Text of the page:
When Lucy Stein washes dishes, her cat crouches on a shelf above the sink to watch, white paws to the edge, dark head turned and level with her own.
Street lights shine amber through her kitchen window. “What do you think of all this, Miss Cat?” Animal eyes squeeze into slits. “You're right as always.” Lucy dries her hands and turns up the podcast.
A male voice, which belongs to a 26-year-old named Kendall who moved to Brooklyn three years ago from Pennsylvania, grows in volume. Moving on, let's talk about the curious case of Mae Brady, which is a name you've probably encountered during the past few days if you spend any time online. Dave, you've been following this story.
I have. Dave's voice, with its professional-sounding verbal tics perfected at Brown, rings clear and confident through Lucy's box of an apartment. The entire story sort of exemplifies the dangers and possibilities of media today, particularly in regards to the original video of Mae's assault.
How odd, Lucy thinks, to hear two young men (editors of a Bushwick-based music site) analyze the defining event of her career thus far.
Kendall: Let's talk about that. This was a video of an assault in a swimming pool, which was then shared on social media by a student. My first question is, who would do such a thing?
Dave: Depends on which thing you're referring to. Assault a teen girl or share the evidence? They are two different acts, which is what I find so fascinating.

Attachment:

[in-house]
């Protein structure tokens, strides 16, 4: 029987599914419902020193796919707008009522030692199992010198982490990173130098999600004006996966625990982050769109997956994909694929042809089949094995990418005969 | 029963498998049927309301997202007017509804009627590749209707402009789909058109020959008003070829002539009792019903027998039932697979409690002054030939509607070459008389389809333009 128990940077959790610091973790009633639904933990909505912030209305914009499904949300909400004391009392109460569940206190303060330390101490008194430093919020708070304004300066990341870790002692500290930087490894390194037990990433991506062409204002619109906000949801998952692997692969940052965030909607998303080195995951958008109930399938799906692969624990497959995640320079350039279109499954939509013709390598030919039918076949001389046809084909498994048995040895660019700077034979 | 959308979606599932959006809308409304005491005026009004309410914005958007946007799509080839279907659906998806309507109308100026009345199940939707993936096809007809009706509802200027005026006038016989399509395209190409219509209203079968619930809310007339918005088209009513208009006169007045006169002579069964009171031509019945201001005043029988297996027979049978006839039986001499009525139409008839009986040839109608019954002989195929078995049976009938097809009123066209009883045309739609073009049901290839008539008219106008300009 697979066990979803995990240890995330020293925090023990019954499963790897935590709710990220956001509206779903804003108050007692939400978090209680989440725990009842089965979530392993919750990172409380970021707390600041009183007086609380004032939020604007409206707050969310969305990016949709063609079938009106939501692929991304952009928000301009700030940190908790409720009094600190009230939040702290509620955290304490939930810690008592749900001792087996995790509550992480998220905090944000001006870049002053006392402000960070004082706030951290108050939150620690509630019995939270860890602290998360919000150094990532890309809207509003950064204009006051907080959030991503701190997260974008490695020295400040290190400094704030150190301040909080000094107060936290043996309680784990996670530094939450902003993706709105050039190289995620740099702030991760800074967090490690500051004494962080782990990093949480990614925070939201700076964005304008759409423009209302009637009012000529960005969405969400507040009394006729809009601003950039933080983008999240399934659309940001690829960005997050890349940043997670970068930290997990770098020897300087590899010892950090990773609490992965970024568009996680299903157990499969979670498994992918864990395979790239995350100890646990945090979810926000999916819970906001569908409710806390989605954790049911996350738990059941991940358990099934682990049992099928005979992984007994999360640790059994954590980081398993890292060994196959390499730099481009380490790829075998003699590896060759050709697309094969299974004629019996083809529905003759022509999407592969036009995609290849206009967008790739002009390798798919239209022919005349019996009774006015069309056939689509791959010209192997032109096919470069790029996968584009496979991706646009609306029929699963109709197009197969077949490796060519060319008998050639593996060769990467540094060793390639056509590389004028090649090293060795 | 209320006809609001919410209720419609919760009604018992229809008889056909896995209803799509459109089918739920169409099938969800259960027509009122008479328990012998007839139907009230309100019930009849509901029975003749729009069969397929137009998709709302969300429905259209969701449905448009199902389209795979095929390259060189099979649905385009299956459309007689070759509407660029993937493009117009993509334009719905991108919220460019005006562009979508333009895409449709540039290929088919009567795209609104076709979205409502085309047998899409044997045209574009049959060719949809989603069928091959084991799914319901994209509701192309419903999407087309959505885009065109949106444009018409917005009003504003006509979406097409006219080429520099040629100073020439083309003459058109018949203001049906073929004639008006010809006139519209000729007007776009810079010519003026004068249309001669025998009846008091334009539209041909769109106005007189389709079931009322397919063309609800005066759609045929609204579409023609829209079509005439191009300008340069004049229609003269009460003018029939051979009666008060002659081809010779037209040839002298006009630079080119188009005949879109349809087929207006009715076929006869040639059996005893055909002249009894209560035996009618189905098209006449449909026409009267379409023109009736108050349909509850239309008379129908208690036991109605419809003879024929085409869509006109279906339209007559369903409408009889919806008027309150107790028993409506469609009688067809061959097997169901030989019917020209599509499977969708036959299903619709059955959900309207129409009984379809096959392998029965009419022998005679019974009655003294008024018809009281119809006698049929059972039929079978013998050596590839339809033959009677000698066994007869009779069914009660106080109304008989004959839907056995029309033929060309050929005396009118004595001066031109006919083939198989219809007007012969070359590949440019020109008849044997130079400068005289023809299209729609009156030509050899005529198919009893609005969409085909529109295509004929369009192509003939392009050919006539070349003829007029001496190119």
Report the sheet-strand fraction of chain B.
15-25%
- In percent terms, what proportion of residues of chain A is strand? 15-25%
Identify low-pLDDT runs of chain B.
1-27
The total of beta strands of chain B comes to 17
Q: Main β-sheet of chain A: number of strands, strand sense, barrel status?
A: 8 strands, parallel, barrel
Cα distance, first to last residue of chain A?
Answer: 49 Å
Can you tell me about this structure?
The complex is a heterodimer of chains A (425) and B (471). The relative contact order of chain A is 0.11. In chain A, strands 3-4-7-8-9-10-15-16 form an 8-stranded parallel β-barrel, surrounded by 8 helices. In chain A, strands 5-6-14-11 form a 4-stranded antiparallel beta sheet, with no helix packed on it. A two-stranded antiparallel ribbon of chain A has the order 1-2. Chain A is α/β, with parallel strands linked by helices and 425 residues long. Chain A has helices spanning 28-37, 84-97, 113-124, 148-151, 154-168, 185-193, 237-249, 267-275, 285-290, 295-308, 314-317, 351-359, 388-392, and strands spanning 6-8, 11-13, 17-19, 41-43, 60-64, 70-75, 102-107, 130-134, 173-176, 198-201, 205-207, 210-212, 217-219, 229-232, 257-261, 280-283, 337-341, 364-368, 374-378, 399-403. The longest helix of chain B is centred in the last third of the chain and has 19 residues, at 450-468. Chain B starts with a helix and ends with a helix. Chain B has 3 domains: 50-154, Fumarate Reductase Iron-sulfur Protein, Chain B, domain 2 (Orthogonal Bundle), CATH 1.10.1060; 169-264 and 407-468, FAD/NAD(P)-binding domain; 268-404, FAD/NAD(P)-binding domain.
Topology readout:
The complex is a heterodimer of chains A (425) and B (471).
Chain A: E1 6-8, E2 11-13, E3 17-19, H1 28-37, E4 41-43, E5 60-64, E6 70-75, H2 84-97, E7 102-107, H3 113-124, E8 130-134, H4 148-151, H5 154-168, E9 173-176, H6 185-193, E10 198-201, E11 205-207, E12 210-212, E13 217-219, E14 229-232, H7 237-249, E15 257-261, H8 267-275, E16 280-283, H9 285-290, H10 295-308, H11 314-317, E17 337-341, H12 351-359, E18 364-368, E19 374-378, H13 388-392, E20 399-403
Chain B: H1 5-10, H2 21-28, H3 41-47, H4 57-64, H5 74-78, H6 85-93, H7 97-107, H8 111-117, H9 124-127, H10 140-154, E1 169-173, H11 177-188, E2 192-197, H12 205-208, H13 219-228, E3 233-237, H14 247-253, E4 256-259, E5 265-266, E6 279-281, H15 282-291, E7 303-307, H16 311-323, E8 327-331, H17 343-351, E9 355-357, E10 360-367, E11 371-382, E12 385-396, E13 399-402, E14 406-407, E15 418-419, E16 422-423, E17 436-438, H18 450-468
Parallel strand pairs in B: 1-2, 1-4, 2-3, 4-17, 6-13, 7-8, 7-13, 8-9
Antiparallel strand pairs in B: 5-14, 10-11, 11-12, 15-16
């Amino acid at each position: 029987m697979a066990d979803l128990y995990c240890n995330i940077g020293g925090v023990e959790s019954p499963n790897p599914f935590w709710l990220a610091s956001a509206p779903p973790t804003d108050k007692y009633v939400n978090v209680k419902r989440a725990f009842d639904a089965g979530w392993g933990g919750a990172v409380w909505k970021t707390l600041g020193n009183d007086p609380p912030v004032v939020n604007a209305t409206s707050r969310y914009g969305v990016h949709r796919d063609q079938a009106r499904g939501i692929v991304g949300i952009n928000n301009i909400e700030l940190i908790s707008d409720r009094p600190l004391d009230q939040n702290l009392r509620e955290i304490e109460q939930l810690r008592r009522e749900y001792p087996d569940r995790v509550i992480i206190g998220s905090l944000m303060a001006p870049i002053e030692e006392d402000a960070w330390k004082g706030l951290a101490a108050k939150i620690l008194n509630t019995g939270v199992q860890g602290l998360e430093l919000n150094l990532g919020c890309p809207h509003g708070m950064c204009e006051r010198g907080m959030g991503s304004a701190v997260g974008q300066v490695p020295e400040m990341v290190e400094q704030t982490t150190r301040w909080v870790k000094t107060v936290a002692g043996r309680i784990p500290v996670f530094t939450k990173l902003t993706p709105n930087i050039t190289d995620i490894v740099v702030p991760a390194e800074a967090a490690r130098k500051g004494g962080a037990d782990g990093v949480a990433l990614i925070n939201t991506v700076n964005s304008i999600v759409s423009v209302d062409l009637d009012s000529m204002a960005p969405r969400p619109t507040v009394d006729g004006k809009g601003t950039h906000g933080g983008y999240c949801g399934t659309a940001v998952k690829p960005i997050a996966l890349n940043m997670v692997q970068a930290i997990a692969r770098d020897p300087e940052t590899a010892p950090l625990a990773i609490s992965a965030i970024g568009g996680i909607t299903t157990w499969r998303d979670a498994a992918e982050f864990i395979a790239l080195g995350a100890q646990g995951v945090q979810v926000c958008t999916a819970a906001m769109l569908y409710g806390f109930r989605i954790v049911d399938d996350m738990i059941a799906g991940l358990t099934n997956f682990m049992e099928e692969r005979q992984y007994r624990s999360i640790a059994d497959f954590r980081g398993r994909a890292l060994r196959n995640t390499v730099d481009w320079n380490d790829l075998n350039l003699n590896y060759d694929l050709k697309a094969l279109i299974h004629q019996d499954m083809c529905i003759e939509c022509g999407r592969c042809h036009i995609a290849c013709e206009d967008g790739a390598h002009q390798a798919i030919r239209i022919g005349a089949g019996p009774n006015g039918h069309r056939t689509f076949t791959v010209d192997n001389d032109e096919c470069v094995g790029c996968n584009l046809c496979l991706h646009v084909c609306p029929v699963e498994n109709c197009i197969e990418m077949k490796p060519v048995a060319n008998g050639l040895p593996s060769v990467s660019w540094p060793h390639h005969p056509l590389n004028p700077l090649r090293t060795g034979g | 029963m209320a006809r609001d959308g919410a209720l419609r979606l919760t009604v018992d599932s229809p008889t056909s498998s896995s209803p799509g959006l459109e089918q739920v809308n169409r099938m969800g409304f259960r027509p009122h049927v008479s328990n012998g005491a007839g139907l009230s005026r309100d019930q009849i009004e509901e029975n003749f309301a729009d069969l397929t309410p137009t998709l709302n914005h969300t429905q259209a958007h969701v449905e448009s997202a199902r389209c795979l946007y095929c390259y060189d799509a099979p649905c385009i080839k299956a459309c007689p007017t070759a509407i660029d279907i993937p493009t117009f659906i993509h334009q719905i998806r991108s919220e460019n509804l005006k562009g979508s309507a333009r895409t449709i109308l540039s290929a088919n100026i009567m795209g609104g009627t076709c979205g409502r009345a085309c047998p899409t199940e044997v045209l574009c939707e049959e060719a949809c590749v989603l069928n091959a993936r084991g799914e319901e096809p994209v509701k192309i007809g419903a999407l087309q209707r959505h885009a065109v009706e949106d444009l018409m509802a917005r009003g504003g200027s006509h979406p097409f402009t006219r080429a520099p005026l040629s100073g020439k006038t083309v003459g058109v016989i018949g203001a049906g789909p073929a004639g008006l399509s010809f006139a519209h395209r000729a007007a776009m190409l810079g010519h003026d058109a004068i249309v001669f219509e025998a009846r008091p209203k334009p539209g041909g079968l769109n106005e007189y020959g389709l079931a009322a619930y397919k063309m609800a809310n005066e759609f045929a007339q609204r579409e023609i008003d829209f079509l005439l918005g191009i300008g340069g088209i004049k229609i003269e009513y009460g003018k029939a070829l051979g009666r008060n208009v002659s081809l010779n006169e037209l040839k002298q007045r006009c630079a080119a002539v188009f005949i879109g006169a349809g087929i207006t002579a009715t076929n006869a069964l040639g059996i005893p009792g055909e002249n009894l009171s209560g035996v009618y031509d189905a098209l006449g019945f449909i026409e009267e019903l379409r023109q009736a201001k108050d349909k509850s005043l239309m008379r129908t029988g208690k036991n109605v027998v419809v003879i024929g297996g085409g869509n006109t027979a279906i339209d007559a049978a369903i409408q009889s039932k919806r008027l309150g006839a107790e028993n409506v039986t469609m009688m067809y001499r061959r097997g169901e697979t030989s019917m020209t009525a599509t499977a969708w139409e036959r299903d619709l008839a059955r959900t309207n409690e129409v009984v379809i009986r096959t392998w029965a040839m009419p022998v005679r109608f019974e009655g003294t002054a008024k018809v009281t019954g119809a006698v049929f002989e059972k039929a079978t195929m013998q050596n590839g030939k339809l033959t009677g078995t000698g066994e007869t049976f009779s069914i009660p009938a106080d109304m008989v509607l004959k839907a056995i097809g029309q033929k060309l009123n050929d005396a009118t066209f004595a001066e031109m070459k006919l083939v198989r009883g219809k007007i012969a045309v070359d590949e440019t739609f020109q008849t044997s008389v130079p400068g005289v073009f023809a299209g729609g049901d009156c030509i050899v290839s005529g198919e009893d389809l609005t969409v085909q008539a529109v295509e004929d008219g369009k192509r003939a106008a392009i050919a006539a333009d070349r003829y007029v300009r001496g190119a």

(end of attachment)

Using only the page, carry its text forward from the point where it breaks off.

Lucy envies the distance of the podcasters; how luxurious to be able to treat the incident as fodder, as an intellectual exercise and nothing more. How luxurious to find it fascinating.
Kendall: Well not to be crass, but teenagers have been committing crimes since the beginning of time, and only recently have others been recording them using camera phones. What I don't understand is the impetus to take out your phone and record an act of violence. And to be clear, this wasn't a case of another student recording evidence and handing it over to the police. Rather, a student recorded it and shared it online.
“Leave it to a dude to think violence is natural.” Lucy lifts wine glasses by their stems, water gathering at rims before surrendering into drops, to hang under the cat's perch. The podcaster was talking about Jasper, of course, though he didn't use his name, and he wouldn't use Ethan's either.
Dave: What's critical here is, this is a generation that shares everything online. If something unusual happens in their lives, it's probably recorded, and possibly shared. Now, there's a question of whether it was recorded out of shock or jealousy or what, and why it was shared to a public platform, as opposed to an ephemeral, private one.
Kendall: And whoever shared this was probably intoxicated.
Dave: Exactly. All reports say the students were drinking and smoking and generally not thinking.
Kendall: Good thing we didn't grow up in this climate, huh? Everybody makes mistakes.
Dave: Right? This is an extreme case, of course, but we are talking about standard issue teenage behaviors at the root of it, which is what I find so fascinating.